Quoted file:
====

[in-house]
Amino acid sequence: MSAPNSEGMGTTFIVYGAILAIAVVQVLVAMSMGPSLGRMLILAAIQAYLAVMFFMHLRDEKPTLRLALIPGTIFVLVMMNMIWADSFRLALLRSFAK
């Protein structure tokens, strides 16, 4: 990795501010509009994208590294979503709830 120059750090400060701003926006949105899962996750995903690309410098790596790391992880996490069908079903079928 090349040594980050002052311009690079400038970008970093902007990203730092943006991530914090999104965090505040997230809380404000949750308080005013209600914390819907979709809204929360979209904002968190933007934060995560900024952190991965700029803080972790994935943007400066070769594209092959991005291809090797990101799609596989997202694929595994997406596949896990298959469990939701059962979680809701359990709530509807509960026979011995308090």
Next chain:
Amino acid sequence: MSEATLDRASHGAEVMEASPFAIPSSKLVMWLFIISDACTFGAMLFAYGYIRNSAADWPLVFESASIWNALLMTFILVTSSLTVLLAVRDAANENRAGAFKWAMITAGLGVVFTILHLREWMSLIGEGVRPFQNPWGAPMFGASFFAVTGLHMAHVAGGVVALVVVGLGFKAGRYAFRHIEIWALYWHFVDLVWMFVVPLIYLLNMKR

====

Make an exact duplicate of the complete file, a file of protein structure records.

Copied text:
[in-house]
Amino acid sequence: MSAPNSEGMGTTFIVYGAILAIAVVQVLVAMSMGPSLGRMLILAAIQAYLAVMFFMHLRDEKPTLRLALIPGTIFVLVMMNMIWADSFRLALLRSFAK
């Protein structure tokens, strides 16, 4: 990795501010509009994208590294979503709830 120059750090400060701003926006949105899962996750995903690309410098790596790391992880996490069908079903079928 090349040594980050002052311009690079400038970008970093902007990203730092943006991530914090999104965090505040997230809380404000949750308080005013209600914390819907979709809204929360979209904002968190933007934060995560900024952190991965700029803080972790994935943007400066070769594209092959991005291809090797990101799609596989997202694929595994997406596949896990298959469990939701059962979680809701359990709530509807509960026979011995308090």
Next chain:
Amino acid sequence: MSEATLDRASHGAEVMEASPFAIPSSKLVMWLFIISDACTFGAMLFAYGYIRNSAADWPLVFESASIWNALLMTFILVTSSLTVLLAVRDAANENRAGAFKWAMITAGLGVVFTILHLREWMSLIGEGVRPFQNPWGAPMFGASFFAVTGLHMAHVAGGVVALVVVGLGFKAGRYAFRHIEIWALYWHFVDLVWMFVVPLIYLLNMKR